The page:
According to preliminary data, the aggregate output of the bioeconomy sectors amounted to EUR 67.7 billion in 2017, and the value added totalled EUR 23.5 billion. Both of these indicators nominally increased by 5% from the year before, but, in real terms, the output and value added remained at the previous year’s level.
– Of the output, 62% was generated by the two main sectors in our bioeconomy: the forest sector and the food sector. The forest sector alone represented 38% of the total output, and this share has been relatively stable in recent years. With reference to value added, the proportion of the food and forest sectors increased to more than half, or 52% in 2017, says Martti Aarne, principal specialist at the Natural Resources Institute Finland (Luke).
According the Finnish Bioeconomy Strategy, drawn up in 2014, the objective is to push our bioeconomy output up to EUR 100 billion by 2025. To reach this goal, output needs to increase by 5% per year from now on.
Investments in the bioeconomy are currently at a relatively high level, creating opportunities for growth and diversification in the bioeconomy. In 2017, bioeconomy investments totalled EUR 5.7 billion, an increase of nearly one fifth from the previous five-year period in real terms. Investments in the food sector amounted to EUR 1.7 billion, of which agriculture accounted for two thirds. It was followed by the forest sector and renewable energy generation, each comprising EUR 1.3 billion.More people employed in the bioeconomy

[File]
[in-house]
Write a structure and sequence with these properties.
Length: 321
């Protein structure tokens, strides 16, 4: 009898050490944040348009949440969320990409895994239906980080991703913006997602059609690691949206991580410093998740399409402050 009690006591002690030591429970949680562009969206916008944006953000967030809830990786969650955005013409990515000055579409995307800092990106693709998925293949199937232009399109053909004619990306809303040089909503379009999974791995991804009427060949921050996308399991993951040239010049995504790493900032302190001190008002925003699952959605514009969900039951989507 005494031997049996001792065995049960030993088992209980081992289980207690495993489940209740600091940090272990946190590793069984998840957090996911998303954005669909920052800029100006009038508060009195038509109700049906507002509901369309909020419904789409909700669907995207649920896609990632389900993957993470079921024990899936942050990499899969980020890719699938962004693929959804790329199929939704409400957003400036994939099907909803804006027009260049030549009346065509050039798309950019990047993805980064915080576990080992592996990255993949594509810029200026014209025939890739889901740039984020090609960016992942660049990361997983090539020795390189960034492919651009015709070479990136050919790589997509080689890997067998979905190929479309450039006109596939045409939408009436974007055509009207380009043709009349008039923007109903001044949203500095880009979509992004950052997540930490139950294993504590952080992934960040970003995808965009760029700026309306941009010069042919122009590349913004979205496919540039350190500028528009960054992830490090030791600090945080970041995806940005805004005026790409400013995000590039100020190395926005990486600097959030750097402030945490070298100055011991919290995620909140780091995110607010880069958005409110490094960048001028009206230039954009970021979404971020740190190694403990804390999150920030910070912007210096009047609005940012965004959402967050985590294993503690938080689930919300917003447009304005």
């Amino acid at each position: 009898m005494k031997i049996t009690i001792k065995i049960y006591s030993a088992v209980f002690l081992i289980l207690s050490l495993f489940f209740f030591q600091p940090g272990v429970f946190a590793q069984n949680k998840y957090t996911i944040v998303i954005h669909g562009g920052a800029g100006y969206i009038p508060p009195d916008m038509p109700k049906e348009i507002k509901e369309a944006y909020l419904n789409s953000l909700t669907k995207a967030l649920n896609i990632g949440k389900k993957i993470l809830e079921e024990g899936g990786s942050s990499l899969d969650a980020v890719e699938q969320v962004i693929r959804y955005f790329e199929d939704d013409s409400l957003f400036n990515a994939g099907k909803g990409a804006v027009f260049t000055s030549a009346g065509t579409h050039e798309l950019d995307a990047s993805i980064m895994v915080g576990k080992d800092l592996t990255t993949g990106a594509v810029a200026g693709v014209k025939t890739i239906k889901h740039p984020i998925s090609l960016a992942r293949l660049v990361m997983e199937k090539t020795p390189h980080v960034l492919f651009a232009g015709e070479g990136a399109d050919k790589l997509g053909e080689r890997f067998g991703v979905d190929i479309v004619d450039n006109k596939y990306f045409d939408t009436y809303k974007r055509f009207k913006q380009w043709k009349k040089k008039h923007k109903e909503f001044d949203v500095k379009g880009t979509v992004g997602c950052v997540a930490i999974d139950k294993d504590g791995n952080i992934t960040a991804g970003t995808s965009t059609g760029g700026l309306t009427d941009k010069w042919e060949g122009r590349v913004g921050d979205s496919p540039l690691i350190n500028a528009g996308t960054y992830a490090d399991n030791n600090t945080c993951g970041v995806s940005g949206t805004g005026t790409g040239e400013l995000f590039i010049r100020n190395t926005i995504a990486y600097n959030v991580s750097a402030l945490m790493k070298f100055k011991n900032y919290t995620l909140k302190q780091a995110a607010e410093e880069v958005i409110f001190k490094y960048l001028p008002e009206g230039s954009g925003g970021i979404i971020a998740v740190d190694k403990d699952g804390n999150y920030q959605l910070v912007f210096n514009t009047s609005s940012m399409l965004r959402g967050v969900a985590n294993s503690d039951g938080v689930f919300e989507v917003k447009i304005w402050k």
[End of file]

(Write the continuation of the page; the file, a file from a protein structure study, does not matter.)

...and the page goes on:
The falling trend in bioeconomy employment came to a halt in 2017. A total of 315 000 people were employed in bioeconomy sectors, a marginal increase of 1% from the preceding year. That corresponded to 12% of the total labour force in Finland. The employment improved especially in wood construction and various bioeconomy services. Agriculture employed the largest number of people (81 500), an increase of 1% compared to 2016.
– The output, value added and investments in the Finnish bioeconomy have significantly increased in the 2010s. However, this has not had a positive impact on employment figures, Martti Aarne says.
In 2017, some 11 100 fewer people were employed in the bioeconomy than in 2010.
Luke compiles most of the bioeconomy statistics in Finland. The annual development of the bioeconomy is monitored using indicators of the national accounts, produced by Statistics Finland. The two organisations are jointly in charge of developing the methodology and substance of Finnish bioeconomy calculations.
Artikkeli Forest sector comprised nearly 40% of Finland’s bioeconomy in 2017 julkaistiin ensimmäisen kerran Luonnonvarakeskus.